Caused a bit of a stir in one Canadian diner, dressed like that (plus tee-shirt, jeans and Doc Martins), but then they’d just been having a lot of agitated headlines about Canadian Hell’s Angels. Apparently the locals thought that I looked like one – cue lots of looks, very quick service, and a fair space round our table. :-)

    Anyway, having got out of that part of Detroit, and running out of time to put up for the night, we found a motel, which seemed to be tenanted by rejects from the Jerry Springer show. :-) I suppose the name, Regal, might have given it away. :-) Interesting place. :-) Behind the door was a graffitti that said “Wayne wuz here!” Apparently this was the high point of Wayne’s life. There was a hole in the ceiling, repaired with a sock, a bloody awful painting that no one with sense would give house room to even if paid, screwed to the wall to prevent it from being stolen, and two large mirrors, also screwed to the wall. However, someone had had a go at unsuccessfully unscrewing all three (maybe Wayne?), and had finally contented themselves with stealing the shower head and shorting out the socket in the bathroom. Meantime I discovered that the only two channels that worked on the TV were HBO and the porn channel (of course!), of which the latter had the best reception. We watched HBO, which was a bit snowy. There was also an odd smell in the room – it’s the only hotel or motel where I’ve checked the bed closely for non-paying guests. :-)

    Fortunately an uneventful night was passed – well apart from two or three arguments elsewhere in our area of the motel, including one very aerated one in Spanish – after which it was back to the UP.

    Then there were other rambles – visiting Wolverine MI (a very strange place!), a trip to Wilderness Park where we had to wait for a grumpy black bear to get out of the road, Taquhanemon Falls and an amble out past Trout Lake to investigate an old and strange report concerning an unknown animal. I think that the animal was a cougar – we saw a cougar pawprint and it’s only just been realised that there is a population of them in the UP once more – they would have been unfamiliar to Yoopers at the time of the report. Mind you, we were also intent on seeing if we could find the deserted farmhouse mentioned in the report.

    Still got an invite from a friend to go to Barrow in Alaska, but not sure if I’ll get there. Going to be rather busy for the next few years. :-)

  9. Kevin,

    Can’t say I know exactly where Gary’s from, just that’s he’s a Yooper, and his daughter was married last year on the banks of Superior.
    > I had a girlfriend up in the Soo, which was why I was up there.

    “The Soo” sounds familiar, I must say, LOL, I’ll ask him if he’s a Soo Boy.

    > And on an earlier occasion, with another Oklahoman, watching the thunderstorm that goes with a tornado – pretty spectacular. :-) The rest of the night was spent putting things in the bathroom and watching the tornado warning on the TV. :-)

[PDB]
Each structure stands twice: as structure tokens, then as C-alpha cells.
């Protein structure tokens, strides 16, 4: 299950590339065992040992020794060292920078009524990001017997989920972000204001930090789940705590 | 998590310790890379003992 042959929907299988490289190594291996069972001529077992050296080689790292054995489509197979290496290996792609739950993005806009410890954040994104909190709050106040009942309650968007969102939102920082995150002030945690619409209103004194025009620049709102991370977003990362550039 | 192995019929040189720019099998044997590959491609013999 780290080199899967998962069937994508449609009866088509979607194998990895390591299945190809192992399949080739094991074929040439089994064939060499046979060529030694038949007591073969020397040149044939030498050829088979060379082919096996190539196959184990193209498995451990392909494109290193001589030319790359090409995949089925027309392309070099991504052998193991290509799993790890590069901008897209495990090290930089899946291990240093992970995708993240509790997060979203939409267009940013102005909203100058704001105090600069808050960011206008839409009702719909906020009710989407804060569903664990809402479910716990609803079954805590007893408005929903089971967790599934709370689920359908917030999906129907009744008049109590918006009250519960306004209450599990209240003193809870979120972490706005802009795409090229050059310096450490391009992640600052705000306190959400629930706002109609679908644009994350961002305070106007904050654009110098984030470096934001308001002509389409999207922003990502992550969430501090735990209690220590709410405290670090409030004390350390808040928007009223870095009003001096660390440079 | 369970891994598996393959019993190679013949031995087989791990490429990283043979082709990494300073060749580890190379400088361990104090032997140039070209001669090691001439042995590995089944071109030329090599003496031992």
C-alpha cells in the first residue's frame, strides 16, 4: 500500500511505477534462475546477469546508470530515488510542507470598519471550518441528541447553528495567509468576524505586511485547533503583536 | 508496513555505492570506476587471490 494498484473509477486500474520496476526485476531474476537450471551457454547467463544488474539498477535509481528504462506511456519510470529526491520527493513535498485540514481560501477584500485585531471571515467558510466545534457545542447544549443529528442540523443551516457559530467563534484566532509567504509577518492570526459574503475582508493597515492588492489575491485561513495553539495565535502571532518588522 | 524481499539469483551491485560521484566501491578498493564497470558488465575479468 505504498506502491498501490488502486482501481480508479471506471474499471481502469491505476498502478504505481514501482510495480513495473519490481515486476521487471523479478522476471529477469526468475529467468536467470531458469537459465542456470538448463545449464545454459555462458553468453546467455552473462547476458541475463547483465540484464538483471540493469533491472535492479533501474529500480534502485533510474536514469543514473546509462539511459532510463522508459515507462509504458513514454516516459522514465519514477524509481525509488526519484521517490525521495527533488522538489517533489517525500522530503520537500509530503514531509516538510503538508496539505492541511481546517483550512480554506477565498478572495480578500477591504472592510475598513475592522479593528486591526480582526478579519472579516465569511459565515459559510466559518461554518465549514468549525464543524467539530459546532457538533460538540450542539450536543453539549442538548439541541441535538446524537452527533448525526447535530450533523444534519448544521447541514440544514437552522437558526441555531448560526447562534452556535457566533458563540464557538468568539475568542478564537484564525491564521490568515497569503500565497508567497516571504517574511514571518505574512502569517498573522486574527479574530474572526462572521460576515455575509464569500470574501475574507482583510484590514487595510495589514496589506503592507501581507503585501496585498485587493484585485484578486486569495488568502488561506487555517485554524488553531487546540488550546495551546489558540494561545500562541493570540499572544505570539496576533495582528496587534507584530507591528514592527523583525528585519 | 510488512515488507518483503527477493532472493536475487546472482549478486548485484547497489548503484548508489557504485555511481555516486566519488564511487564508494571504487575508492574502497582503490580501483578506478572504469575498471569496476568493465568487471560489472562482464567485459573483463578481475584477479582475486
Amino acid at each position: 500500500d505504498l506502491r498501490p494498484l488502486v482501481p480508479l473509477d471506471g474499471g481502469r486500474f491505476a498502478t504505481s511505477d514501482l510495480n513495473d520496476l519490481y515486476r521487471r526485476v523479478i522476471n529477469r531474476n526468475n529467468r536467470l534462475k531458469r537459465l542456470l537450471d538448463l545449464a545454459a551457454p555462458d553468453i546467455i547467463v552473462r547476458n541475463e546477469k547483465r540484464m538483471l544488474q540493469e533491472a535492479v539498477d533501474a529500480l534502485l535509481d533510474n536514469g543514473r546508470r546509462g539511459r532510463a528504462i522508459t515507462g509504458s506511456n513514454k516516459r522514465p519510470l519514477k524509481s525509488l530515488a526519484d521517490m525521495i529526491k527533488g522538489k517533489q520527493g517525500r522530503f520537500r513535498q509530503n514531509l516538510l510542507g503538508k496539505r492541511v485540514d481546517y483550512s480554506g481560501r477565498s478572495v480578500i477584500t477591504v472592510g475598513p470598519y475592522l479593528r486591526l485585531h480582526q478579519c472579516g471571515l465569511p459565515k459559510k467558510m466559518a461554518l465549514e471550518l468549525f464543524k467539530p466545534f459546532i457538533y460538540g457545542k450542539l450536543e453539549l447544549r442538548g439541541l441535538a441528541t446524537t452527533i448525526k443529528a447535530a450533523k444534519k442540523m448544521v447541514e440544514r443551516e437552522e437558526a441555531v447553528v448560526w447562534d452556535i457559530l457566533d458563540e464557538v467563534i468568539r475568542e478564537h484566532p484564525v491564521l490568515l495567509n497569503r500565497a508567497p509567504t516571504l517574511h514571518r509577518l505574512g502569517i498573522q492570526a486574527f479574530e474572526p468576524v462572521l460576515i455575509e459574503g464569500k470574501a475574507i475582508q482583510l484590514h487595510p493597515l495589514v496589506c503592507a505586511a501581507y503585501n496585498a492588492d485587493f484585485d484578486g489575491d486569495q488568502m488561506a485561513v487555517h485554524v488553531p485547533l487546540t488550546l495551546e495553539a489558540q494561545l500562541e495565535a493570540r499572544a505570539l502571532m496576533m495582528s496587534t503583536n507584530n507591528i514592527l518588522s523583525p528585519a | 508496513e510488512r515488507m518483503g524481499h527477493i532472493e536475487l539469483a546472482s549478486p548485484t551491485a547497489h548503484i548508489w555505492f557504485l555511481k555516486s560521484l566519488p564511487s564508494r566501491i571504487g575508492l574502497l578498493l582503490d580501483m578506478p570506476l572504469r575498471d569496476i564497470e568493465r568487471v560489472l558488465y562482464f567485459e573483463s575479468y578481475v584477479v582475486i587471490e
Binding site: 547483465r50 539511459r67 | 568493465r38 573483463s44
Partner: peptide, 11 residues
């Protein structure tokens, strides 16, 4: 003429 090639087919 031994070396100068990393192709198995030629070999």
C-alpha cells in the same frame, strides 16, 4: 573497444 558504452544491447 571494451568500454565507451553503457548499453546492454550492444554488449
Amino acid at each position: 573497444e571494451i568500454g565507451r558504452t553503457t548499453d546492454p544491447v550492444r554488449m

LOL that sounds like a classic Midwestern experience!

    > Then there was a road trip (largely done to the accompaniment of Linkin Park and Nickelback) from Chicago to Norman OK, which included a stop for a meal at about 1 am in Joplin. Matters got more interesting on that trip – we arrived at 5am. 9 am I got woken up to be told planes were flying into the WTC. :-(

    Ah. A friend of mine was vacationing then, too, and found herself stuck in Yellowstone National Park for a week.

    > Cue lots of strong coffee, cigarettes and a breakfast of biscuits and gravy whilst watching the news unfold.

    I am not a smoker, but I will eat biscuits and gravy with very, very little arm-twisting.

    > I also spent some time marvelling at the sheer amount of noise a load of locusts, crickets and frogs can make at night! :-)

    Yes indeed. And the locusts continue to serenade during the day as well.

    > Plus listening to coyotes, watching fireflies and having a look at the praying mantises that came to the light at night, and watching hummingbirds round the feeder during the day.

    We’ve coyotes not too far from here (a 90 minute drive), and I enjoy all the others here, myself.

    > Then there were other rambles – visiting Wolverine MI (a very strange place!), a trip to Wilderness Park where we had to wait for a grumpy black bear to get out of the road

    They come into your yard, here, even in the suburbs. Perhaps their habitat is being encroached upon. A friend saw one in his yard on his way to get into his car to go to work.

    > Still got an invite from a friend to go to Barrow in Alaska, but not sure if I’ll get there. Going to be rather busy for the next few years. :-)

    Apparently! Thanks for the stories. You really make me want to get out and see the world a bit more, something that for some strange reason I have not yet done.

  10. Louisiana is a part of the Deep South, both culturally and climatically.